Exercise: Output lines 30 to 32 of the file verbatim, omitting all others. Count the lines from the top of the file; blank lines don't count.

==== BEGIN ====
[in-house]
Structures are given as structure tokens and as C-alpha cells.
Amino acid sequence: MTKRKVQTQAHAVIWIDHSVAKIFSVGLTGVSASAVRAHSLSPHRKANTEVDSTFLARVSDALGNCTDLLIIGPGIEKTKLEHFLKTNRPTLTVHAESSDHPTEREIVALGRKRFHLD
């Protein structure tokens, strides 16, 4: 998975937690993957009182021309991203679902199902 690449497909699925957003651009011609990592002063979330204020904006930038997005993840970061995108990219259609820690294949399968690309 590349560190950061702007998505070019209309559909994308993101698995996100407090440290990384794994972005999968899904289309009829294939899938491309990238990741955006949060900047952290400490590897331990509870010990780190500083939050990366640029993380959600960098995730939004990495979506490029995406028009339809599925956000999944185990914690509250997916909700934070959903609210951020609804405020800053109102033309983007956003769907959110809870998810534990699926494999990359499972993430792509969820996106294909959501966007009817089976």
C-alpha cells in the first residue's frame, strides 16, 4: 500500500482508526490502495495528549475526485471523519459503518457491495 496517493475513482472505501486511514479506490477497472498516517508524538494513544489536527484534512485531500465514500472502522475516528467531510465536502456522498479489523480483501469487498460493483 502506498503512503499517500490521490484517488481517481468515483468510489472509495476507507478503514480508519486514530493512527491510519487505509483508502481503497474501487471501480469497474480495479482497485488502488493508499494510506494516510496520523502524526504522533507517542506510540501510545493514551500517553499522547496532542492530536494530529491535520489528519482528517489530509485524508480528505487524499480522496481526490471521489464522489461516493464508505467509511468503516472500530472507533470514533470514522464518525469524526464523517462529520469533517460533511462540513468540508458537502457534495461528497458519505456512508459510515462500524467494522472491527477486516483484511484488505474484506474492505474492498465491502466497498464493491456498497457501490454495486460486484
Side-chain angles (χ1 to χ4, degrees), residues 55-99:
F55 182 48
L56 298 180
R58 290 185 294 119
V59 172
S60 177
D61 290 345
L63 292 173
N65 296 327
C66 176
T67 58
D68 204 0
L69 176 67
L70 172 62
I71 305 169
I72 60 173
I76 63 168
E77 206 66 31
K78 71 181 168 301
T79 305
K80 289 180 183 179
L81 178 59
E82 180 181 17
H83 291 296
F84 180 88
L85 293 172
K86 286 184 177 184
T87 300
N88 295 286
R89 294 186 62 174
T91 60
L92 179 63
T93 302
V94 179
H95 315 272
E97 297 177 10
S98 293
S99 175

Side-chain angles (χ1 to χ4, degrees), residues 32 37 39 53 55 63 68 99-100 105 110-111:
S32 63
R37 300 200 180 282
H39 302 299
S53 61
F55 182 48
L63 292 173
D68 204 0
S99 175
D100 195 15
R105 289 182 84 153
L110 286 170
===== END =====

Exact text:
F84 180 88
L85 293 172
K86 286 184 177 184